Climate Change affects all of us. Even more sobering is the fact that climate change will affect every human born in the 21st century and beyond. Our decisions and actions will shape the conditions for life, including human lives, on our planet for the foreseeable future. Further, the wicked truth about climate change is that while it affects all, it does not affect us equally. We may all be in the same storm, but we are not all in the same boat. Each day we live, we take from, and give back to the world around us.

We can choose what we take and what we give back. All too often our gifts back are laden with poisons and destructive consequences, shaped more by our ignorance or greed than by knowledge or wisdom. Our ignorance, however, is a voluntary misfortune.  We are the first generation of humans to have the knowledge, technology, and wealth to create societies that are sustainable and just. With that opportunity comes responsibility. To realize our opportunity, we must choose responsibility — not just say we choose it — but commit to developing the capacity — at every level — to understand the material, physical, and moral consequences of the choices we make and apply those lessons to our choices. In these times, our lives will not be judged by our intentions, but by the
consequences of our actions.

From a scientific perspective, our capacity to comprehend the full consequence of our choices continues to grow. From an economic perspective, we can no longer say we cannot afford sustainability, and we can clearly see that unsustainable choices lead to impoverishment, ecological disaster, and moral bankruptcy. For the rest of our lives, neither the perspective of faith nor of science will allow us to claim innocence about the consequences of our actions.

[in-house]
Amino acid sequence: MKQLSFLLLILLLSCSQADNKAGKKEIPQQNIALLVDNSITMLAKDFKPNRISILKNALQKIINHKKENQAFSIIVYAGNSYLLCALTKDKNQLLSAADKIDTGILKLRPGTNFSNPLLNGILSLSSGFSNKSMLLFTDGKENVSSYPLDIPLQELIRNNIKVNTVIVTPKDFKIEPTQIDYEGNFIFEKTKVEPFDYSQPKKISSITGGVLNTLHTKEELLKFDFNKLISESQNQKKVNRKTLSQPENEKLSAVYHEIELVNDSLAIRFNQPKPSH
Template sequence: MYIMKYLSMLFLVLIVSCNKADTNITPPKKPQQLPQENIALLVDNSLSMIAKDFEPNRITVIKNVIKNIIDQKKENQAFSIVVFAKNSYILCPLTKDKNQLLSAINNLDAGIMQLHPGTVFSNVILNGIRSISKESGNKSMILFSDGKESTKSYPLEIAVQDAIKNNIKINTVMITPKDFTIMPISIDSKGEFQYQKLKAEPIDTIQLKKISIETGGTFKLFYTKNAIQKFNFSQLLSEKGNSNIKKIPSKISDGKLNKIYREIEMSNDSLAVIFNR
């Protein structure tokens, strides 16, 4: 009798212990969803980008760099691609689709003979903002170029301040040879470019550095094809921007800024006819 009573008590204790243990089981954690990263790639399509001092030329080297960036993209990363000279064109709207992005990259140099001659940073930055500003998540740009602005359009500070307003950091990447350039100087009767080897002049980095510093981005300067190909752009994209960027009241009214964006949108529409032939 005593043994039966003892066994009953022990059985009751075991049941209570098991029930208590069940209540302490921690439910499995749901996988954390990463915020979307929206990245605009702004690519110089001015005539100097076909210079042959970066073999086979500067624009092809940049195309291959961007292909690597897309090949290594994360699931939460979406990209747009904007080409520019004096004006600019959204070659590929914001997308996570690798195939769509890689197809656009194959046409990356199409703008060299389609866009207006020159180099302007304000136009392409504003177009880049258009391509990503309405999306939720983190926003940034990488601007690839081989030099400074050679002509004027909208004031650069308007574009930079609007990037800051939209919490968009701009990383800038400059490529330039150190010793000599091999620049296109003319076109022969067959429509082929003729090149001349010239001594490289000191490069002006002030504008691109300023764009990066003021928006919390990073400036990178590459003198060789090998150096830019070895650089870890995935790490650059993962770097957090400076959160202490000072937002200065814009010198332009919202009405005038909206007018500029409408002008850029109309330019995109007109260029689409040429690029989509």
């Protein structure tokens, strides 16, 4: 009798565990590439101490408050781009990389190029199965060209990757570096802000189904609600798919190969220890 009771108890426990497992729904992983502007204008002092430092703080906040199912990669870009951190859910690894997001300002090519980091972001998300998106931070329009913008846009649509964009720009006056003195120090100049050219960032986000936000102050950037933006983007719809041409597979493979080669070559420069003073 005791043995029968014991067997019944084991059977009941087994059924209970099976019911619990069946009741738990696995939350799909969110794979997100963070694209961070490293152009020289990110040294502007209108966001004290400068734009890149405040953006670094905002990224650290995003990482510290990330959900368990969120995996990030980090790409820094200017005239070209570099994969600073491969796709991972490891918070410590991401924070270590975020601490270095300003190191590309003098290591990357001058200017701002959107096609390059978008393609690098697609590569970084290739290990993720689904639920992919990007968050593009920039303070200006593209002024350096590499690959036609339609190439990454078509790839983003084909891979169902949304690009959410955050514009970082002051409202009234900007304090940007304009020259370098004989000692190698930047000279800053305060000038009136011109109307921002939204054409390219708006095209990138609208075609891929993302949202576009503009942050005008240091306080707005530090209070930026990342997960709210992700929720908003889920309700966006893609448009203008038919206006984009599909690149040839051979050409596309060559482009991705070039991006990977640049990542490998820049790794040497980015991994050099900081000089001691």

We will choose the future of our planet with our actions. Therein lies the hope and the danger of this time in the history of the world – this is the reality of living in the Anthropocene. Reconciling our existence with the well-being of all starts with acknowledging the patterns of behavior individually and societally that are inconsistent with our values. Achieving reconciliation with the rest of the living world requires change.  While the actions of individuals continue to impact Earth’s climate, it is now clearer than ever that it is our collective behavior that must change. No national government has yet done enough to reduce cumulative emissions of greenhouse gases. Taken together, the action commitments of the governments of the world – even if fully implemented — still fall short of changing the trajectory of our planet toward widespread disaster and extensive human misery. The engagement of the spiritual communities of the world is indispensable to every aspect of this challenge. We will not do what our science and economics demand if we do not listen to what is in our hearts.